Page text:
From Wikipedia, the free encyclopedia
Sample of a Lebanese-made tigerstripe fabric
TypeMilitary camouflage pattern
Place of originUnknown (Likely South Vietnam or United States)
Service history
In service1962 c. - present
Used bySee Users
WarsVietnam War
Gulf War
War in Afghanistan (2001–2021)
Production history

Tigerstripe is the name of a group of camouflage patterns developed for close-range use in dense jungle during jungle warfare by the South Vietnamese Armed Forces and adopted in late 1962 to early 1963 by US Special Forces during the Vietnam War. During and after the Vietnam War, the pattern was adopted by several other Asian countries. It derives its name from its resemblance to a tiger's stripes and were simply called "tigers." It features narrow stripes that look like brush-strokes of green and brown, and broader brush-strokes of black printed over a lighter shade of olive or khaki. The brush-strokes interlock rather than overlap, as in French Lizard pattern (TAP47) from which it apparently derives.

There are many variations; R.D. Johnson counted at least 19 different versions in early drafts of Tiger Patterns, his definitive work on the subject, although it is unclear if these are all different print patterns, or if they include color variations of a few different print patterns.


Philippine Navy NAVSOCOM at the SEACAT 2018 Exercise 002

It is unclear who developed the first tigerstripe pattern, consisting of sixty-four (64) stripes. The French used a similar pattern (Lizard) in their war in Vietnam.[citation needed] After the French left Vietnam, the Republic of Vietnam Marine Division continued using the pattern,[1] a variant of which was later adopted by Vietnamese Rangers (Biệt Động Quân)[1] and Special Forces (Lực Lượng Đặc Biệt). When the United States began sending advisors to South Vietnam, USMAAG advisors attached to the ARVN were authorized to wear their Vietnamese unit's combat uniform with US insignia.[1] Soon, many American special operations forces in the Vietnamese theater of operations wore the pattern, despite not always being attached to ARVN units: it became the visible trademark of Marine Corps Recon, Green Berets, LRRPs, SEALs, and other elite forces.[citation needed]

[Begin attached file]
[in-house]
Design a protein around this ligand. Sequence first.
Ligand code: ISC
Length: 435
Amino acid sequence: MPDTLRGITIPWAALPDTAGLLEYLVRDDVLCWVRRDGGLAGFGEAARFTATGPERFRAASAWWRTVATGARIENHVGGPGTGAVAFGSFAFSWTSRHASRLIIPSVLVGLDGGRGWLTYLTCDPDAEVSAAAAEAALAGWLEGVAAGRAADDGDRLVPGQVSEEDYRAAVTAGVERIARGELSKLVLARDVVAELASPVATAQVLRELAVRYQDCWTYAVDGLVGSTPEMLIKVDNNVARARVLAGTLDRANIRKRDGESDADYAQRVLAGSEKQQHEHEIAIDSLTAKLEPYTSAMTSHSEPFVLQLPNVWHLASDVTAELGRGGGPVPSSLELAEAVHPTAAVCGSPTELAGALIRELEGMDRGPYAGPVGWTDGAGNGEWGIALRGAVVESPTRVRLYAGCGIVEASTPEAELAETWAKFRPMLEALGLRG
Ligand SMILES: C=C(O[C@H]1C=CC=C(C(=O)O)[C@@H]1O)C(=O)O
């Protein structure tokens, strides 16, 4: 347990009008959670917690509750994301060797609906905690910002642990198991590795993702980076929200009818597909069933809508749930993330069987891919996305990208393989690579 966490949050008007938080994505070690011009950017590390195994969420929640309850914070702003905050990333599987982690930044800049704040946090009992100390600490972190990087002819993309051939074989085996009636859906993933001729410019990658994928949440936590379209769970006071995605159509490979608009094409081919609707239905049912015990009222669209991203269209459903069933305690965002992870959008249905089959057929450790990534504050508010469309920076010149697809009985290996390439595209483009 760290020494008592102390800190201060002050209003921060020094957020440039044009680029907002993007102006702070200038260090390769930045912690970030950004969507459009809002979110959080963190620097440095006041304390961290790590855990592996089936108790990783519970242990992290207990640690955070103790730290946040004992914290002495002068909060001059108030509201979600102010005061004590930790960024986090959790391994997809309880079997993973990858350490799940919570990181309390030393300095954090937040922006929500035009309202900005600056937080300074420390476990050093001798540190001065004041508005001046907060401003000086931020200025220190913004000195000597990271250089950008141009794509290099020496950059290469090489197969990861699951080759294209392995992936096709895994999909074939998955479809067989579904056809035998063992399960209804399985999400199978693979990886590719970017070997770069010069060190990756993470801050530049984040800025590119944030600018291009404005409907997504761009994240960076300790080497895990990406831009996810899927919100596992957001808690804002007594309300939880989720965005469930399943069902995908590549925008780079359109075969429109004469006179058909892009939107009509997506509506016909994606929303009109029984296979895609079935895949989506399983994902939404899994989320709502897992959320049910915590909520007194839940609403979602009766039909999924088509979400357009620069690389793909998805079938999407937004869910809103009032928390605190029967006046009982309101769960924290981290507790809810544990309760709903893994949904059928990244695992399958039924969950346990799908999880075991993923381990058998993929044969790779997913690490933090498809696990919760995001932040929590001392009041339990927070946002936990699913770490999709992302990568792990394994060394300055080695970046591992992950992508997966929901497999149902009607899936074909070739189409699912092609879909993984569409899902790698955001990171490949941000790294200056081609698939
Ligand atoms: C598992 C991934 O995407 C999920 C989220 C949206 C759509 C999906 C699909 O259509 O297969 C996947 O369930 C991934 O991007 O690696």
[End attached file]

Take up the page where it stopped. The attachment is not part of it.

Tigerstripe was never an official US-issue item. Personnel permitted to wear it at first had their camo fatigues custom-made by local tailors, with ARVN uniforms being too small for most Americans; for this reason there were many variations of the basic tigerstripe pattern.[citation needed] In 1963, Marine Corps Advisors and from 1964, 5th Special Forces Group of the Green Berets contracted with Vietnamese and other Southeast Asian producers to make fatigues and other items such as boonie hats using tigerstripe fabric. Being manufactured by different producers in places like Thailand, Korea and in Japan via Okinawa, there was a wide variety of patterns and color shade variations.[1][2] They were made in both Asian and US sizes.[1]

During the latter stages of the war, tigerstripe was gradually replaced in American reconnaissance units by the-then-new ERDL pattern,[3] a predecessor of the woodland BDU pattern. The Special Forces-advised Civilian Irregular Defense Group (CIDG) used tigerstripes from 1963 until disbanded in 1971. Special Forces personnel wore tigerstripes when conducting operations with the CIDG.[2]

Besides American and ARVN forces, Australian and New Zealand military personnel used tigerstripe uniforms while on advisory duty with the ARVN units.[4] Personnel from the Australian Special Air Service Regiment and the New Zealand Special Air Service were the principal wearers of tigerstripe uniforms[3] (and ERDL uniforms) in theater, while regular Australian and New Zealand troops wore the standard-issue olive drab green uniforms.